Google Fuchsia was quietly posted to online repository GitHub. The company has not explained too much what the Fuchsia operating system is destined for. However, digging around online brings up a few things. Fuchsia uses a different kernel than Android or Chrome OS. The kernel is the first thing that loads when an operating system is loaded. Google’s documentation says Fuchsia’s kernel would be able to run on modern phones and computers.
Google is working on a new operating system named Fuchsia
Google appears to have started work on a completely new operating system, but no one knows quite what it’s for. The project’s name is Fuchsia, and it currently exists as a growing pile of code on the search giant’s code depository and on GitHub, too. The fledgling OS has a number of interesting features, but so far Google has yet to comment on its intended function. All we really know is that this looks like a fresh start for Google, as the operating system does not use the Linux kernel — a core of basic code that underpins both Android and Chrome OS.
Google Fuchsia OS eyes non-Linux things
Latest operating system project from Google Fuchsia, may be largely a mystery, but it reinforces a truth that platform vendors are having, grudgingly, to acknowledge: one operating system does not fit all. For a company which has put so much effort into making Android an OS for all purposes, Google has a remarkable number of potentially conflicting platforms, now including Chrome OS, Brillo and Fuchsia.
The failure of one-size-fits-all OSs
Many companies, of course, develop parallel systems, creating dilemmas for the marketing departments – especially companies with a culture of innovation and semi-open source activity like Google (though the same parallelism used to characterize the far more controlled Samsung too). But Google’s multi-headed OS hydra may well have a greater commercial logic behind it. If it can create a fully optimized platform for each key emerging area of connected experience, and then marry them all together at the applications layer with the ubiquitous Android, it might achieve what Unix, Linux and Java promised, but failed to deliver all these years.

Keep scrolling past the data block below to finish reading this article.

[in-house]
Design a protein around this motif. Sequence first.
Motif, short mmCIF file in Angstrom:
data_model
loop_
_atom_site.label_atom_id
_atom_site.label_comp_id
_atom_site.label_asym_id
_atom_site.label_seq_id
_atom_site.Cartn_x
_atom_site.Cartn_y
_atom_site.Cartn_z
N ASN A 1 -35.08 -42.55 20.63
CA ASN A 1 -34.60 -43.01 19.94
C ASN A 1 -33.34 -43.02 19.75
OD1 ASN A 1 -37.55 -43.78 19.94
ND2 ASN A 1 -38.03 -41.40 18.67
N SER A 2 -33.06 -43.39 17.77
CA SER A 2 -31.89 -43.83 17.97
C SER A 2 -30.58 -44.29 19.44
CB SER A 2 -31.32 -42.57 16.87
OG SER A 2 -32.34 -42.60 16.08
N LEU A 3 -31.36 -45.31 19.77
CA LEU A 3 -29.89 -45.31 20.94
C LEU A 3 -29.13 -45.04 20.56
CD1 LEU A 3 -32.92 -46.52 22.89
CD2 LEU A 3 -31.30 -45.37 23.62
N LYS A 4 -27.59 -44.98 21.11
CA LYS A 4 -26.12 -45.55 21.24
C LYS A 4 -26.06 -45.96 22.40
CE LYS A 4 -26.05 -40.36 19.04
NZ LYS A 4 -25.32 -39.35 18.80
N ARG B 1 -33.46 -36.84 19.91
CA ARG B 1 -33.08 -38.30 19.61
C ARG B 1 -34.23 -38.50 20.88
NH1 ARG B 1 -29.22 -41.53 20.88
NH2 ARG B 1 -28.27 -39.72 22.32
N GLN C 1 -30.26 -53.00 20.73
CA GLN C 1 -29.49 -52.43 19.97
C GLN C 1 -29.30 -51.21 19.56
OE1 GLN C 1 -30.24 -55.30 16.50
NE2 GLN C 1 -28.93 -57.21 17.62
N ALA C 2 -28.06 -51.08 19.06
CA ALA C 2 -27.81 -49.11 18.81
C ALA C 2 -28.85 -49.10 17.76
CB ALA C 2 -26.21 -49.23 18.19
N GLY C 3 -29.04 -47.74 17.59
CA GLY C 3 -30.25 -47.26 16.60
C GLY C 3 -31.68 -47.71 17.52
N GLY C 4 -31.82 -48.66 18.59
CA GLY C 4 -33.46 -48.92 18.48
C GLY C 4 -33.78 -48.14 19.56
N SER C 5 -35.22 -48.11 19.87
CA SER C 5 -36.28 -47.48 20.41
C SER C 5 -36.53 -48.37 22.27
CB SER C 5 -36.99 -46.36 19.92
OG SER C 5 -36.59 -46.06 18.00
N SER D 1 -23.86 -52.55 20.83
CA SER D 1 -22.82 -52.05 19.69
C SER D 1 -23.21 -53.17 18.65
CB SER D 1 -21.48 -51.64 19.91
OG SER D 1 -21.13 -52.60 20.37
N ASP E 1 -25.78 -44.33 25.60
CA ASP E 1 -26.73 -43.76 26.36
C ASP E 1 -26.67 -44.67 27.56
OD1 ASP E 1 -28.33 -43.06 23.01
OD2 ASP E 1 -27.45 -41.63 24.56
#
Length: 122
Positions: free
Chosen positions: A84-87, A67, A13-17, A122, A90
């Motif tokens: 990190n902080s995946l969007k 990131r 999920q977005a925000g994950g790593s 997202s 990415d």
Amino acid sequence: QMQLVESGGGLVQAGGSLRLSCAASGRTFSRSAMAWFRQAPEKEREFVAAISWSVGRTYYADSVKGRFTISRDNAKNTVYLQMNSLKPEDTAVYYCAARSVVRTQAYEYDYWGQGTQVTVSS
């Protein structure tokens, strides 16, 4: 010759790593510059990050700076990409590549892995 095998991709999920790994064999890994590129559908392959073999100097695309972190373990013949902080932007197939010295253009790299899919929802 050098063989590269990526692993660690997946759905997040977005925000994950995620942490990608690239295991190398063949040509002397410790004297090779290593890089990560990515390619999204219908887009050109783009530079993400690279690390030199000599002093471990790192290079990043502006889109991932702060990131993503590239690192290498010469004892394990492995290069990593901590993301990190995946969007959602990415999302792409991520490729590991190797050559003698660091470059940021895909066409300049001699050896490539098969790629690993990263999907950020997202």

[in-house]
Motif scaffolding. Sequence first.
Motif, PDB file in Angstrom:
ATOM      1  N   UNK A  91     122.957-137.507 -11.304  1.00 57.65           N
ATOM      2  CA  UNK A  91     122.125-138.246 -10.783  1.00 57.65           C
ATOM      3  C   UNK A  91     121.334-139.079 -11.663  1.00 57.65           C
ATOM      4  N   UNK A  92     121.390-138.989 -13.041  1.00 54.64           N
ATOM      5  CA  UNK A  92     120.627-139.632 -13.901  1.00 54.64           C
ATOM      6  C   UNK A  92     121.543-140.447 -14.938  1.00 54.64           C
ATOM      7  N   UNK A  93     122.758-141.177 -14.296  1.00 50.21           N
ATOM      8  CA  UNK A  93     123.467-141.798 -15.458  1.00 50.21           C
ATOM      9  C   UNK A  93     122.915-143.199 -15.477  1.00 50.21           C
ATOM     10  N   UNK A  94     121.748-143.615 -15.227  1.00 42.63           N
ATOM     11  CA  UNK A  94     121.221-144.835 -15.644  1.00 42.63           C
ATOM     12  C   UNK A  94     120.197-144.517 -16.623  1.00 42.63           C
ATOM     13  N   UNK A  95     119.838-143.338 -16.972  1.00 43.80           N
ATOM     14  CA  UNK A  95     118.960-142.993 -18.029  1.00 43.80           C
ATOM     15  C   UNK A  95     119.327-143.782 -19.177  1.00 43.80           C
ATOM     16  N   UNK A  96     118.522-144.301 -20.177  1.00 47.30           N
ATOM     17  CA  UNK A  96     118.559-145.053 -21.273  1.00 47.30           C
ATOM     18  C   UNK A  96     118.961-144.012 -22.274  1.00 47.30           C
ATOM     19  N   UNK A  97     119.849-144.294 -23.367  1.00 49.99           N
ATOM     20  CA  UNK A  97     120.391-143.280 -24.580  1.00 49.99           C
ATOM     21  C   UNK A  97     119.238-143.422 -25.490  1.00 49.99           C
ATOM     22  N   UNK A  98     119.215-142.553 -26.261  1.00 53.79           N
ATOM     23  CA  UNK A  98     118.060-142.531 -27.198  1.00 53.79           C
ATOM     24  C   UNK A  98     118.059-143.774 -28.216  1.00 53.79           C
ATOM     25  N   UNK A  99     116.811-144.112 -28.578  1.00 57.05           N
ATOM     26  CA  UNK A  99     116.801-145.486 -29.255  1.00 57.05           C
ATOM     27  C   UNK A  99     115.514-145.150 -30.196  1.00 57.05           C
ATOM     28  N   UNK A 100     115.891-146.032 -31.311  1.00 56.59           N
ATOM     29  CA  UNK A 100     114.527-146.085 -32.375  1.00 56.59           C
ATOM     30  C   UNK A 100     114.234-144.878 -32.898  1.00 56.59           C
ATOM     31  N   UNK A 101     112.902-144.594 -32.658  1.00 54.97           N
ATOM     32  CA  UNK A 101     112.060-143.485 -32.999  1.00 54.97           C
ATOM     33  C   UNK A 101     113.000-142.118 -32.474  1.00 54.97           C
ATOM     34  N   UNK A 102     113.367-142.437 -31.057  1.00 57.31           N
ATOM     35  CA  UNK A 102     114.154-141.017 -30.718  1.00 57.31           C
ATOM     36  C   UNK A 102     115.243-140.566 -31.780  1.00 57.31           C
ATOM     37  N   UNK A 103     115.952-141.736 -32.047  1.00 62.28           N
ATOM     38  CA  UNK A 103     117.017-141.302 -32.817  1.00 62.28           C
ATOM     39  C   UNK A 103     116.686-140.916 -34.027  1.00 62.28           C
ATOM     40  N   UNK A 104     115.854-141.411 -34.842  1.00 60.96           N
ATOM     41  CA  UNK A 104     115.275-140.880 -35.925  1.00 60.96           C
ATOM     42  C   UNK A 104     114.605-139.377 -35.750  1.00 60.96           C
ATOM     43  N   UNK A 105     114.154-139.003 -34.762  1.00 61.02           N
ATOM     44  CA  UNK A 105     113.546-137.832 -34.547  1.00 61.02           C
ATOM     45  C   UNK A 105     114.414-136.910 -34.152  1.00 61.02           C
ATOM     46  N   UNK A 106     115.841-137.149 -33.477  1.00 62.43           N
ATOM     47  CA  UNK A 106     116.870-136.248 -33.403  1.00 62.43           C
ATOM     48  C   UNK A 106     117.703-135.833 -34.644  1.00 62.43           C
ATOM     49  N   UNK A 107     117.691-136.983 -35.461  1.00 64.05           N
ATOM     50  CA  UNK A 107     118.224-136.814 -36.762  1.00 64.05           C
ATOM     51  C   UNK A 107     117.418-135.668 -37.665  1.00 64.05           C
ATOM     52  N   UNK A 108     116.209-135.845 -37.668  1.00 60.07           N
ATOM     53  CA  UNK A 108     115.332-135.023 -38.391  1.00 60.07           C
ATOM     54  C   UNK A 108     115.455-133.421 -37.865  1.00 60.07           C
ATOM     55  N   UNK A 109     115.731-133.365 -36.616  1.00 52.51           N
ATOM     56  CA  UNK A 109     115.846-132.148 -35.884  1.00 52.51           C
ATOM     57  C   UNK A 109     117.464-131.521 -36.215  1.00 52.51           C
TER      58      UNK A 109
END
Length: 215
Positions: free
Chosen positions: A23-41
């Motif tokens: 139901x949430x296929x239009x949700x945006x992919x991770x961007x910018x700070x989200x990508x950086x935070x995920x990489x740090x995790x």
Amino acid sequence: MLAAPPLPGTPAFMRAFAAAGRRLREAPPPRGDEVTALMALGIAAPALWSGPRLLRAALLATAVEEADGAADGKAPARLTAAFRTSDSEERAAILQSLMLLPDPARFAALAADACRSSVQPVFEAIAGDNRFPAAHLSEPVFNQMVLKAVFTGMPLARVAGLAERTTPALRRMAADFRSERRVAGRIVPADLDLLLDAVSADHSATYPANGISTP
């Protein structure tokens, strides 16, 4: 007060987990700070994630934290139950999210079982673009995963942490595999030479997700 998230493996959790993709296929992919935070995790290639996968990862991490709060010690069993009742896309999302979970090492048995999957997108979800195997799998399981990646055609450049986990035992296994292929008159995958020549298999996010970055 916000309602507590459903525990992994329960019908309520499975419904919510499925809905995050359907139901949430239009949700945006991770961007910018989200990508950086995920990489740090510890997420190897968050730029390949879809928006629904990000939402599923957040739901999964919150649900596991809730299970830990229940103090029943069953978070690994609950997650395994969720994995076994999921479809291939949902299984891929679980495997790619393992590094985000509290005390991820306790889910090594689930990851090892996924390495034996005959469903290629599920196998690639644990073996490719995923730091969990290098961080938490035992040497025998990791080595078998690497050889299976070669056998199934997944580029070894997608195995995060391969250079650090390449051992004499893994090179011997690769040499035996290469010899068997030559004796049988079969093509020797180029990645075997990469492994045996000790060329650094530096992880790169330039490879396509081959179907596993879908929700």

Fuchsia’s early details
The details of Fuchsia are few and far between at this early stage, but it appears to be an ambitious project, with one core component drawing a lot of attention – it won’t be using the Linux kernel at all. It appeared on GitHub with just the description “Pink + Purple = Fuchsia (a new Operating System)”. It can be trialled on an ARM or Intel computer or a virtual machine, and its next port is said to be to a Raspberry Pi to test its low power credentials further. It uses Google’s own Dart programming language.
While a non-Linux OS might be commonplace for very low end embedded devices, Fuchsia is more than a simple RTOS (real time OS), since it has “grown-up” capabilities such as advanced graphics and 64-bit support and a capability-based security model. This points to an attempt to create a Linux-free OS and potentially create a whole new approach to open OS development (and IPR) a quarter-century after Linus Torvalds made his breakthrough.